d. Conflict resolution: yes, it is part of team development are you had better be prepared to deal with it on a regular basis.
e. Emphasis goals set, encouraging team members to focus on the bigger picture.
f. Training/coaching/mentoring of skills, knowledge or attitude that may be required to realise the vision
3. Norming: Calm slowly returns to the group as they exchange their personal ego for focus and commitment to the vision. The emphasis is less about their own ideas and more on what will move the team forward. Team members start to function within their roles, providing assistance to other team members as they move out of their silo into a “team” space. Team members start to take on the responsibility of acquiring their own resources. This phase is characterised by goal achievement. The leader can take a deep breath in this phase, and check progress towards achieving of the vision. Calibration and corrections to the team’s direction may be required. The leaders responsibilities change in this phase to assisting:
a. Check team is on track to achieve Vision
b. Set and reset goals and tasks for team members
c. Periodically offer advice and guidance to team members as required.
d. Ensure effective networking between team members
e. Observe and track progress, taking on role of mentor
f. Focus on positive motivation and constructive feedback sessions
4. Performing: The desired phase of team development is achieved as team members frequently achieve goals on a regular basis. Team members in this phase are efficient at acquiring their own resources. They now motivate one another, sharing is each other’s success. Conflict during this phase is directed to ensure constructive outcomes. The leader is relaxed, observing team members from a distance, ensuring they remain on course to achieve the vision. The vision is often well within reach when a team enters this phase. The leaders main responsibilities during this phase include:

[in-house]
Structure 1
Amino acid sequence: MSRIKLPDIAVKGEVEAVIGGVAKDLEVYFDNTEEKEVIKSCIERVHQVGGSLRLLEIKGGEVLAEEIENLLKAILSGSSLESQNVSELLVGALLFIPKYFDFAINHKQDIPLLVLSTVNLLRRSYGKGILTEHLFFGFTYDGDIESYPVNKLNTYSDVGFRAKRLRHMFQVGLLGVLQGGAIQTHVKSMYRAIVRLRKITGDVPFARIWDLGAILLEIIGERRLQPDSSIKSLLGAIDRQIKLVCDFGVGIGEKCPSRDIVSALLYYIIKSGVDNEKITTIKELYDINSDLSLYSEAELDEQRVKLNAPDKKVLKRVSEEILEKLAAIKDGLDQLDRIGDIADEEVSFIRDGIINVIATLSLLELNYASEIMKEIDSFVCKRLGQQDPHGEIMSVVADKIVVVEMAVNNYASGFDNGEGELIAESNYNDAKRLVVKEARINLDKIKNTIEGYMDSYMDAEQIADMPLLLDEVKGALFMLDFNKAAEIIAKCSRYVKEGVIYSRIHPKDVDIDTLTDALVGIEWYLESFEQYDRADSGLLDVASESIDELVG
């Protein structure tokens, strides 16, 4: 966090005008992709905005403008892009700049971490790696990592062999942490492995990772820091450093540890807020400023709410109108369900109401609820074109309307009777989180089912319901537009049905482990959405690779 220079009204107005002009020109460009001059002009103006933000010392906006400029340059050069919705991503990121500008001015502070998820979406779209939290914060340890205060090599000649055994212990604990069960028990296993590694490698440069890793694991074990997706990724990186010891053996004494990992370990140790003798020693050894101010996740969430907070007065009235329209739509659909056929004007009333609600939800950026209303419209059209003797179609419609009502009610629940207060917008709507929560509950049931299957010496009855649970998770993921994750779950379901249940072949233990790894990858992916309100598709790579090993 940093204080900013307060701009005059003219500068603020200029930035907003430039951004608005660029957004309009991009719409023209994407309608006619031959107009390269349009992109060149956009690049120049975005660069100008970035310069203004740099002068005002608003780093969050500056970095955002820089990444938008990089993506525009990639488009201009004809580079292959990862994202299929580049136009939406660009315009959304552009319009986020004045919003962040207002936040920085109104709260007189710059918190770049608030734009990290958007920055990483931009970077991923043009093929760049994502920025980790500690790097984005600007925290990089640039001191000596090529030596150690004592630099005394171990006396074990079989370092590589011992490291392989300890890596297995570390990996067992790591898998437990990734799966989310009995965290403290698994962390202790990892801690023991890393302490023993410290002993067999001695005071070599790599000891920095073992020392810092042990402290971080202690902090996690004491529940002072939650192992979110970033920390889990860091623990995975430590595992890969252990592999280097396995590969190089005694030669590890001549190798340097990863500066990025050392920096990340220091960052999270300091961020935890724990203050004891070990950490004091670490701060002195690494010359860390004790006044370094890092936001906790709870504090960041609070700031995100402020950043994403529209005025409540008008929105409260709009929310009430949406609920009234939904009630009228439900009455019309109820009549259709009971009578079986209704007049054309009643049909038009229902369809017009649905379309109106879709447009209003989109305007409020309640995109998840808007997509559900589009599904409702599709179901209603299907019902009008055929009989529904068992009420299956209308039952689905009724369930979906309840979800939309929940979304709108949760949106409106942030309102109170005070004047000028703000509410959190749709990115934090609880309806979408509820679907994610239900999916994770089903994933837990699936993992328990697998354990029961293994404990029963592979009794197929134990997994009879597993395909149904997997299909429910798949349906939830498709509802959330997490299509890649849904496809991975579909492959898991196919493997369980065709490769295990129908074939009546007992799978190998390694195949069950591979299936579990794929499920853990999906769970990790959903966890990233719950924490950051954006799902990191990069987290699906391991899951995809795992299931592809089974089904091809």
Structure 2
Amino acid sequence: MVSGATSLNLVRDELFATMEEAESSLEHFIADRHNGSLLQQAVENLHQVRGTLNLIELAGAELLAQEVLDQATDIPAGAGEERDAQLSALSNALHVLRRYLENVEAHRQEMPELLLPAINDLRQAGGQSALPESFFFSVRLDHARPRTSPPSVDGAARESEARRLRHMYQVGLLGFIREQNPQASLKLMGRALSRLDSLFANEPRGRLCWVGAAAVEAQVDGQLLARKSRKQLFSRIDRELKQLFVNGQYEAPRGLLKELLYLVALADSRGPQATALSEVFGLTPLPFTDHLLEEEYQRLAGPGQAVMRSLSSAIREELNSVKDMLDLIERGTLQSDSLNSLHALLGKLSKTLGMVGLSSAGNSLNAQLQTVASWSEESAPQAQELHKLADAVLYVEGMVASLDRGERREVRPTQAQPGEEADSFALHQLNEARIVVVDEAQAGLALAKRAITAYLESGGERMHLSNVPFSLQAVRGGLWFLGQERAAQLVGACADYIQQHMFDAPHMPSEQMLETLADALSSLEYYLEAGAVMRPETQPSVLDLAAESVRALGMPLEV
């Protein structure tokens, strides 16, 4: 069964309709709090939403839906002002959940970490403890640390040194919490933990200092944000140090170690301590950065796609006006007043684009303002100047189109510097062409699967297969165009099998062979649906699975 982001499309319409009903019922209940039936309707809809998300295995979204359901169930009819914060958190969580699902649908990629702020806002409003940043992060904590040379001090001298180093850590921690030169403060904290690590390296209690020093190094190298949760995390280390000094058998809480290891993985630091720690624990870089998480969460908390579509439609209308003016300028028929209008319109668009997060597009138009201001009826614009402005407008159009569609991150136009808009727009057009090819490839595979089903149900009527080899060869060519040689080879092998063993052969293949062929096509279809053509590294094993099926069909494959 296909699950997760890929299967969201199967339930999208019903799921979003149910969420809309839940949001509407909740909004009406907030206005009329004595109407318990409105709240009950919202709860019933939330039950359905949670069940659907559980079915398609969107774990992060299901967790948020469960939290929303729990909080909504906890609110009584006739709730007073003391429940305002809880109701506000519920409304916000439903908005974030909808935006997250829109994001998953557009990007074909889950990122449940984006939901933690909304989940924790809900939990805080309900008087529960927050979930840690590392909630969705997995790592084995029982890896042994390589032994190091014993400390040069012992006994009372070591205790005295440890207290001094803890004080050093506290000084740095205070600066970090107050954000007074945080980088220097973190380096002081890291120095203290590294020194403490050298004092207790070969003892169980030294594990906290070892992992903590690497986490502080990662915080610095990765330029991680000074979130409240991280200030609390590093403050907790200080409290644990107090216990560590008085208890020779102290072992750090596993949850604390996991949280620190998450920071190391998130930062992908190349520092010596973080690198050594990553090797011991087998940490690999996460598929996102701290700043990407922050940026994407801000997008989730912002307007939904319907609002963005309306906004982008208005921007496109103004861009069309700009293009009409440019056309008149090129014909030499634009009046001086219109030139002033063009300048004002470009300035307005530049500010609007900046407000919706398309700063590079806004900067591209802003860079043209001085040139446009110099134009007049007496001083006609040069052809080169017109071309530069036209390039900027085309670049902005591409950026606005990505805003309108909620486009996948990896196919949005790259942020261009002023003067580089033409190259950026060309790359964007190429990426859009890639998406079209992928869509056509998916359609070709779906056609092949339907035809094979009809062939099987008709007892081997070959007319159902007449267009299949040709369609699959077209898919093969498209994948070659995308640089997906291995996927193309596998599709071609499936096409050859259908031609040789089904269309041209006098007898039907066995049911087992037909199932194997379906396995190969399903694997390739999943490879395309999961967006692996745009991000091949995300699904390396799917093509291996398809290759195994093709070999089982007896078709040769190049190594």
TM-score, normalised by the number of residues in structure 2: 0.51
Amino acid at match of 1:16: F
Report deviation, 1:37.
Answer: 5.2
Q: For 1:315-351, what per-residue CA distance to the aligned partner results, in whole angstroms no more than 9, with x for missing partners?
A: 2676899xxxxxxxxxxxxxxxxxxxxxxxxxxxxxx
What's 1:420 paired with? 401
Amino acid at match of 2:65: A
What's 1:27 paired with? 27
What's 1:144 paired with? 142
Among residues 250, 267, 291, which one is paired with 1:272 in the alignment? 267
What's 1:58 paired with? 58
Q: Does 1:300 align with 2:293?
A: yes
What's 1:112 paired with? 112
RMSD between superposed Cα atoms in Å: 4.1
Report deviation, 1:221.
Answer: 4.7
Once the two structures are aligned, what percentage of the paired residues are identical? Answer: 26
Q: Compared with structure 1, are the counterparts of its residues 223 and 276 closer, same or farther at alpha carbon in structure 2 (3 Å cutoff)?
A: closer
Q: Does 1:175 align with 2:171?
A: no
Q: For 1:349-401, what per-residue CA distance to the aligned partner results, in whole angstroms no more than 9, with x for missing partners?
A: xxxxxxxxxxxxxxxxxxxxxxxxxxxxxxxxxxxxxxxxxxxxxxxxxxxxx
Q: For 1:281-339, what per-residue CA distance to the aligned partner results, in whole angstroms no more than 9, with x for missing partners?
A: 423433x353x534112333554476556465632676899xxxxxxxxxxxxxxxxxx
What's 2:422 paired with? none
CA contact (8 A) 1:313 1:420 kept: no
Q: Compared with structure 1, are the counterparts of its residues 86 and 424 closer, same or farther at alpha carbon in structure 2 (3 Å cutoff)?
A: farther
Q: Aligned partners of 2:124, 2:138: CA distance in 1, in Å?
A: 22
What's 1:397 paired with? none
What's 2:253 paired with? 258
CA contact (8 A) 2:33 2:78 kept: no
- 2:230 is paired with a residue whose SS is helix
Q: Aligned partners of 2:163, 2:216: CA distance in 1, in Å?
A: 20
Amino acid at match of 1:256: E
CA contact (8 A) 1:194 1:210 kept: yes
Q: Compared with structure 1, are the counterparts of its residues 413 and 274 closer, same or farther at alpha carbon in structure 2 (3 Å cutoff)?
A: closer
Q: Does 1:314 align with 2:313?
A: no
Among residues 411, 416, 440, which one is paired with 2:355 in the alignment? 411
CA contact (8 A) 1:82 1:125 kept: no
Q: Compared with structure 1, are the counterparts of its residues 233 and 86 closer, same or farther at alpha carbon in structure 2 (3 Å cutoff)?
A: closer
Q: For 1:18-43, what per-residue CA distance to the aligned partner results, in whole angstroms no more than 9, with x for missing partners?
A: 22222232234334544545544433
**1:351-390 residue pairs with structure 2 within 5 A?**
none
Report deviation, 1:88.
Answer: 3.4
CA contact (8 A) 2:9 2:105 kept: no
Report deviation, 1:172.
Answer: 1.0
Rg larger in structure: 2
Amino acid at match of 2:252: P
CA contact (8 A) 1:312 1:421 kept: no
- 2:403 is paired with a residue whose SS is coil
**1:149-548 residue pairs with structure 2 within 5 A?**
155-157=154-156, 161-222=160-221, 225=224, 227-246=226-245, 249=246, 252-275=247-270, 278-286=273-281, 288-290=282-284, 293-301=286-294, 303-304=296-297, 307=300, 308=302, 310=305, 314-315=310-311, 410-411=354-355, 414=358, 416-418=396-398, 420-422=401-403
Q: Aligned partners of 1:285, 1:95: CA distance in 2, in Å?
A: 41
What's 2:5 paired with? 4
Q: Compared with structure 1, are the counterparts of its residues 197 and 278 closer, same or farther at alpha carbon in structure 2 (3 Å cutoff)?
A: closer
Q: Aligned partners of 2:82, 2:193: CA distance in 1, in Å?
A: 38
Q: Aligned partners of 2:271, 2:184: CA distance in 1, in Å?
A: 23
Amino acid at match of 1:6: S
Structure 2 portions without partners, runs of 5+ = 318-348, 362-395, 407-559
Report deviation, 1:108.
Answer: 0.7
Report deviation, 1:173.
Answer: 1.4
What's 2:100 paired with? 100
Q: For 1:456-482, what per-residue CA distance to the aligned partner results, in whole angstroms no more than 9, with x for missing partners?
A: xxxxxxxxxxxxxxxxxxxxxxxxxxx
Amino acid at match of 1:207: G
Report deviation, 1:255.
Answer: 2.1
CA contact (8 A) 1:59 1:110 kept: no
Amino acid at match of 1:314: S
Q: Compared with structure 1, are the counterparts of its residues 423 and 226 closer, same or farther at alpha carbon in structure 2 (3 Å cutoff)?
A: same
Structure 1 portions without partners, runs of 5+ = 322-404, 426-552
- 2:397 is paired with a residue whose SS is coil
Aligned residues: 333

a. Positive motivation and feedback sessions
b. Mentoring of team members if required
c. Aware of approaching success with successful achievement of vision
d. Offer “recognition and rewards” sessions to achieving team members
e. Prepare team members as successors to the leadership role
5. Adjourning: Once the team has successfully achieved the vision, the time comes for the team to disband and move onto other projects. A leader’s time will be taken up by arranging celebrations and preparing team members to move on / up or forward within their careers, ambitions or level of leadership.
The dynamics of these phases are not always clear cut, (See "The Absurdity of Leadership) and any team could experience two phases simultaneously. It is important for the leader to correctly identify the phase in which the team moves through, and adjust style and approach accordingly. The leader must have a dynamic ability to mix project management with people skills in order to successfully navigate the team through all the phases to produce desired results.